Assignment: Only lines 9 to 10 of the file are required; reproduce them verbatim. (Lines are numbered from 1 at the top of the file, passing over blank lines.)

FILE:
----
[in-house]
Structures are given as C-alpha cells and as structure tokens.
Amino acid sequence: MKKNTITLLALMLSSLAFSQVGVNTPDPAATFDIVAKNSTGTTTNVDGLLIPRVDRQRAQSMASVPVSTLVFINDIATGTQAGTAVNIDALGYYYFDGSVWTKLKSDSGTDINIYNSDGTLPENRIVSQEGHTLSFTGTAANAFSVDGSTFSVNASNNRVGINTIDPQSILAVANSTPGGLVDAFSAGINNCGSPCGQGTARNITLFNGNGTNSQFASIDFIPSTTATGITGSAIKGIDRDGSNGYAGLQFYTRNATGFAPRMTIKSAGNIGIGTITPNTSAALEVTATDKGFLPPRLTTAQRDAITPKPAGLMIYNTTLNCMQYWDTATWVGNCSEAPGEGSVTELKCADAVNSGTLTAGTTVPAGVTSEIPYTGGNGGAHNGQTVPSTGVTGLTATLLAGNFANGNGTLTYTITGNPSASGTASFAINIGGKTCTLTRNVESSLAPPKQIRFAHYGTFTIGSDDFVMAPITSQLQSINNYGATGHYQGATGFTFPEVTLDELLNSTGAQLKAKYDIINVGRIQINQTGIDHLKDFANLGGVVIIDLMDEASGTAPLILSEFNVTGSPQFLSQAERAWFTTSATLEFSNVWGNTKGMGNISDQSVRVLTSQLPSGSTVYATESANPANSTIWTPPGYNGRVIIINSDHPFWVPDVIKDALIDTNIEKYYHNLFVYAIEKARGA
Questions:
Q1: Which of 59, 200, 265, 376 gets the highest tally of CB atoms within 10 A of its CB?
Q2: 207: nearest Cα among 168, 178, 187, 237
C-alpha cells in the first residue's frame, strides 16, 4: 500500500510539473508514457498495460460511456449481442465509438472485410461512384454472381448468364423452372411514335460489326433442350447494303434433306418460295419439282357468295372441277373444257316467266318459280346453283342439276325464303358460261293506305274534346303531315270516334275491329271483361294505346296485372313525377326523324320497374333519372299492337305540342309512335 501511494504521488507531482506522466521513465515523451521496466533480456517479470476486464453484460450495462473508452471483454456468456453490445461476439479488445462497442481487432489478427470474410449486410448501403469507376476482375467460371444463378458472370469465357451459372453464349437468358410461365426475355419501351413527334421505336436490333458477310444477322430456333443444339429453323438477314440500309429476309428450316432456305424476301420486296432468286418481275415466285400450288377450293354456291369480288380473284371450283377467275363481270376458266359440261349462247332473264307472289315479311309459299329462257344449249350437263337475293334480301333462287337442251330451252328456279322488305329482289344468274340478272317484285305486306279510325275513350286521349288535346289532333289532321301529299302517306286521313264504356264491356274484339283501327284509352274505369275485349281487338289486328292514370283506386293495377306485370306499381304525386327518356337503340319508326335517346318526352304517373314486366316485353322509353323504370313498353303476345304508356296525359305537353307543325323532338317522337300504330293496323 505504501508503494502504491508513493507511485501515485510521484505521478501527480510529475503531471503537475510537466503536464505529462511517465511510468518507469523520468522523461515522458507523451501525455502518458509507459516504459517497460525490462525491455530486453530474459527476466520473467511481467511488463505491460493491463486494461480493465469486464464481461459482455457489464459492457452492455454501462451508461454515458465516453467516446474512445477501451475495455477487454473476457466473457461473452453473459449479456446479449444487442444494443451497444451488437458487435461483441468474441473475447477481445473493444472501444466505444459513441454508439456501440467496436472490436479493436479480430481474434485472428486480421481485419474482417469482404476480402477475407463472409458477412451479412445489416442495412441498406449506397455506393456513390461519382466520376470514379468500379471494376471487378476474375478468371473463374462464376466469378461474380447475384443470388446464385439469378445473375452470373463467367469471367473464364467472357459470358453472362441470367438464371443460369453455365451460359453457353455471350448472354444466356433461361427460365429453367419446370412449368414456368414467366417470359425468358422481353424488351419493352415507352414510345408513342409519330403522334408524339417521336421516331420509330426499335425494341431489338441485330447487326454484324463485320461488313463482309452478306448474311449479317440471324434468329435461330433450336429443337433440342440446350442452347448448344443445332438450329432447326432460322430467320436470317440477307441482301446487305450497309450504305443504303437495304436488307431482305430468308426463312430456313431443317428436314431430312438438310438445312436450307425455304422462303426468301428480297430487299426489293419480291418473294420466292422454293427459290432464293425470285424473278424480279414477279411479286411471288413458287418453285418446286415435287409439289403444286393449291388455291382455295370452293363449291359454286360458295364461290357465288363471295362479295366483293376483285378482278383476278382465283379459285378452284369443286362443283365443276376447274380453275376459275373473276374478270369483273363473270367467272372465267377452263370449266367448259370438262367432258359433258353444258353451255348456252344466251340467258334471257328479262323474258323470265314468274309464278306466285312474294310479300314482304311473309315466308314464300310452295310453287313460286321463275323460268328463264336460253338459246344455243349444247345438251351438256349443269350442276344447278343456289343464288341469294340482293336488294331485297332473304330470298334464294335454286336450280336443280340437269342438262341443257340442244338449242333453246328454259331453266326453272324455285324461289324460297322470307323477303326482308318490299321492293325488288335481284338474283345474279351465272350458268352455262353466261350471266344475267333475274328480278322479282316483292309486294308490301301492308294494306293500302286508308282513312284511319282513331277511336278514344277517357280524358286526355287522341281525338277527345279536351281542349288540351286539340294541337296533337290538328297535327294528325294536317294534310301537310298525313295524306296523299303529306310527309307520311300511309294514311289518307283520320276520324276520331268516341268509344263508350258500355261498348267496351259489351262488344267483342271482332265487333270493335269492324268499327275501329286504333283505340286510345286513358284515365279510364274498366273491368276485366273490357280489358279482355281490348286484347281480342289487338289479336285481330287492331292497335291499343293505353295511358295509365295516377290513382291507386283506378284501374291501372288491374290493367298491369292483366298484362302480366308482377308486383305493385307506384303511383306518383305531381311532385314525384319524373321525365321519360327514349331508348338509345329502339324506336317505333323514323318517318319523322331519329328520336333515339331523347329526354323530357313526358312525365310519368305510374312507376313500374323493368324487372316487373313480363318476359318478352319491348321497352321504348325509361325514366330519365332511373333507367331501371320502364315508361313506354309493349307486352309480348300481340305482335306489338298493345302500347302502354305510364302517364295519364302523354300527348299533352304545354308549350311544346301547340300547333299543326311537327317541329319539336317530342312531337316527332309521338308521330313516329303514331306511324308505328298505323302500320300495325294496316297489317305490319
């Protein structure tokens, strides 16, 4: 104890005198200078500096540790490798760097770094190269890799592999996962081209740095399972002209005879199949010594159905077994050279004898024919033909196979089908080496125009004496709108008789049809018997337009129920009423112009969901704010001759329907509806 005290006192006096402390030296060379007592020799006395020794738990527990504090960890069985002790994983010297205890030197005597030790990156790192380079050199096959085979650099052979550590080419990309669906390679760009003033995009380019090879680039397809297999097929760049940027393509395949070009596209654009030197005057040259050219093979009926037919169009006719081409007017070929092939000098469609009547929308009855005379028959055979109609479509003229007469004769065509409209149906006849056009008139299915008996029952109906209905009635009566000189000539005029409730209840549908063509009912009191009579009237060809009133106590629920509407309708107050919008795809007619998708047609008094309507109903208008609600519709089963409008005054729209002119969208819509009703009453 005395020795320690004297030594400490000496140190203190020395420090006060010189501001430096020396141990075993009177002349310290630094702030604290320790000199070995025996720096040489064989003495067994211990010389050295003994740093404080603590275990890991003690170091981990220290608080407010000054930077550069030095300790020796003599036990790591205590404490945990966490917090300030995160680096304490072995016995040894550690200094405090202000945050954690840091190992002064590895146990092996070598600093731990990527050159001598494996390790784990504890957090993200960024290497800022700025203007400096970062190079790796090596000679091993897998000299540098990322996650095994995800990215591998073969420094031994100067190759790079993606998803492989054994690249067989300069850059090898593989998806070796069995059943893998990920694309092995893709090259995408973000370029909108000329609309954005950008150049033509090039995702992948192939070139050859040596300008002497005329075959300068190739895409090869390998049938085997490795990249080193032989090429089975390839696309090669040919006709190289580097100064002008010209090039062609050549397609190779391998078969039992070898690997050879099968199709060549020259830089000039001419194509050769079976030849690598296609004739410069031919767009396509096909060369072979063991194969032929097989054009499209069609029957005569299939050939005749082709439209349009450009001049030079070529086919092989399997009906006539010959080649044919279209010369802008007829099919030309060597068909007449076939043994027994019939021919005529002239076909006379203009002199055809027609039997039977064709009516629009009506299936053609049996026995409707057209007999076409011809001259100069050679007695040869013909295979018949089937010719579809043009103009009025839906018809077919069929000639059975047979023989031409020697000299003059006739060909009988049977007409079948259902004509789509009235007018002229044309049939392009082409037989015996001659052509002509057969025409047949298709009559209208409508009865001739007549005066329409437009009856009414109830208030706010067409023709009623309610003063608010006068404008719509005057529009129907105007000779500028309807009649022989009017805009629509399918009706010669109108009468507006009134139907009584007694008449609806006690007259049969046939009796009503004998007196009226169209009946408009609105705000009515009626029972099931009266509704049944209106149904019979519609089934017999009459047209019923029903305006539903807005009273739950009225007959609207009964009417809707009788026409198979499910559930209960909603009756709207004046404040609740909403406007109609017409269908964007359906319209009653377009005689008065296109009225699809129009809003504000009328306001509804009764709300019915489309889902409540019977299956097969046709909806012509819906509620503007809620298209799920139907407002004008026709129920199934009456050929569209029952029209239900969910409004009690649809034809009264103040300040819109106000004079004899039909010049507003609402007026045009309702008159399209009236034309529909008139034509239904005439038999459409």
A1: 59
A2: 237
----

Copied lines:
A1: 59
A2: 237